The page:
Our internship is more than just a beginning farmer training program. It is an immersion into a rural, sustainable way of life. We are seeking interns interested in disconnecting from the mainstream, learning to support ourselves by growing our own organic produce, utilizing natural building methods to construct our barn and dwelling structures, making our own household products like soap and shampoo, reviving traditional agricultural and lifestyle practices, and living in community.

At the completion of the program, participants will have familiarity with tasks such as: no-till bed preparation, seeding, transplanting, weeding, irrigation, pruning, trellising, integrated pest management, plant propagation, composting, seed saving, mulching, food preservation, use of hand and power tools, timber framing, stone masonry, raising layer hens, and harvesting methods for many types of crops.

Projects for the 2021 season include:
*On-farm research project to test nutrient levels of dynamic accumulators, including producing liquid fertilizers and nutrient-rich mulches, thanks to a Northeast SARE farmer grant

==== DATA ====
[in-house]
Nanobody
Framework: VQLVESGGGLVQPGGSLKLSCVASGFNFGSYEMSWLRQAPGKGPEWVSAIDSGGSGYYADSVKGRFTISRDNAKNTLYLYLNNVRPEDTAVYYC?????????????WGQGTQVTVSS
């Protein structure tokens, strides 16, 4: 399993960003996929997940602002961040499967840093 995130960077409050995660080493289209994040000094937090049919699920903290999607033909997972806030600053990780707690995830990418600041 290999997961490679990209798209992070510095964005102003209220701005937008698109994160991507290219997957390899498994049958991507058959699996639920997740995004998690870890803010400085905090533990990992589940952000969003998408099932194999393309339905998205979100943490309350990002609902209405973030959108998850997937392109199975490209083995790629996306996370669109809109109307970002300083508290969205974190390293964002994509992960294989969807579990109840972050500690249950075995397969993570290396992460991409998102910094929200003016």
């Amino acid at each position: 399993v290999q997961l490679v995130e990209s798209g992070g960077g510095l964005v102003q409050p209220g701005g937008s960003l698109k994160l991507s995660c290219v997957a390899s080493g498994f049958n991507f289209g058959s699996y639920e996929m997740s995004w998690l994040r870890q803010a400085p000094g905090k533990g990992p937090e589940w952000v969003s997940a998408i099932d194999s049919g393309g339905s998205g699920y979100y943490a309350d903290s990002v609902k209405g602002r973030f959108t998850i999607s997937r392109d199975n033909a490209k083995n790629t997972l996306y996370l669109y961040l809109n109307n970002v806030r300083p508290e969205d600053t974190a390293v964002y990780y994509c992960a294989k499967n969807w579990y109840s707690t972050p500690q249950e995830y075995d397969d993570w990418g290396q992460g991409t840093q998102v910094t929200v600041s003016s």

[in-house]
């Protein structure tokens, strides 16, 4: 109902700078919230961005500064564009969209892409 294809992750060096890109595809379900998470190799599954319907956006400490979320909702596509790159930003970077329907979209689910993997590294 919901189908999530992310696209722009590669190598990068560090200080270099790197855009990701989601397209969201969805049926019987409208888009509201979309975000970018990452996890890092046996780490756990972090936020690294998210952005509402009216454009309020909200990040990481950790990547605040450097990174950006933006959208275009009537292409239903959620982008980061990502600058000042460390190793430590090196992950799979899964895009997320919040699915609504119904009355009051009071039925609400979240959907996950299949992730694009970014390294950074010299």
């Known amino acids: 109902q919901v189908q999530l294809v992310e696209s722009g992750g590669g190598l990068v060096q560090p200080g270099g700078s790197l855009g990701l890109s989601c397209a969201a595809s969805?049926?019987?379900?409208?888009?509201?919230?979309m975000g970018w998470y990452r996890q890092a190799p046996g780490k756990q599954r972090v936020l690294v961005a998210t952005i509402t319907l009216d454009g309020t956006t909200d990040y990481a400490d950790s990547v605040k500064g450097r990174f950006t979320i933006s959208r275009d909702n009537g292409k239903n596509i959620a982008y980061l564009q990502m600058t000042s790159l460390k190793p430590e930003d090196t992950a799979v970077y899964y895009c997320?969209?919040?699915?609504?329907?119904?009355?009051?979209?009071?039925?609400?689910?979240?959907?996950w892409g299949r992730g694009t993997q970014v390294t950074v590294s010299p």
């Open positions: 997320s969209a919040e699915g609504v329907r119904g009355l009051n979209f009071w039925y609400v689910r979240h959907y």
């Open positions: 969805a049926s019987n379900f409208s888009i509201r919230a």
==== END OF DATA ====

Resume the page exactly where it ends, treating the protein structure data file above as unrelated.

*Build a second solar dehydrator to expand our capacity for drying herbs
*Build 2 timber framed wood sheds
*Build windows and doors for the timber-framed barn
*Build raised beds
*Expand our edible food forest with additional fruit and nut trees, berries, and beneficial companion plants

Beyond providing training in sustainable farming and natural building to prepare interns for careers in food and farming or self-sufficient homesteading, our program is also an opportunity for students and young people to practice interpersonal skills that can be applied to any type of workplace or community living, such as: time management; communication; organization; leadership; listening; and teamwork/collaboration. Participants will also learn concepts such as: food safety basics; introductory marketing strategies; permaculture design; crop rotation; grassroots organizing; and starting & funding food/farming businesses.

On Wednesdays, we hold "Open Night," a weekly opportunity for interns to teach and share with their peers. Wednesday open nights have taken many forms, such as poetry readings, story-telling, project presentations, and skill-sharing.

On Saturdays starting in mid-June, we run our veggie box delivery program, providing fresh, organic produce to Edmeston families. Interns participate in all aspects of the program, from production to harvesting to the wash and pack station, to gain experience in operating a "CSA-style" farm model.

On Sundays, we host free weekly on-site classes and workshops, on topics such as permaculture design, natural building, soap making, foraging/wildcrafting, gourd crafting, food preservation, mushroom cultivation, agroforestry and food forest design, grassroots organizing, starting and funding a farm, and more.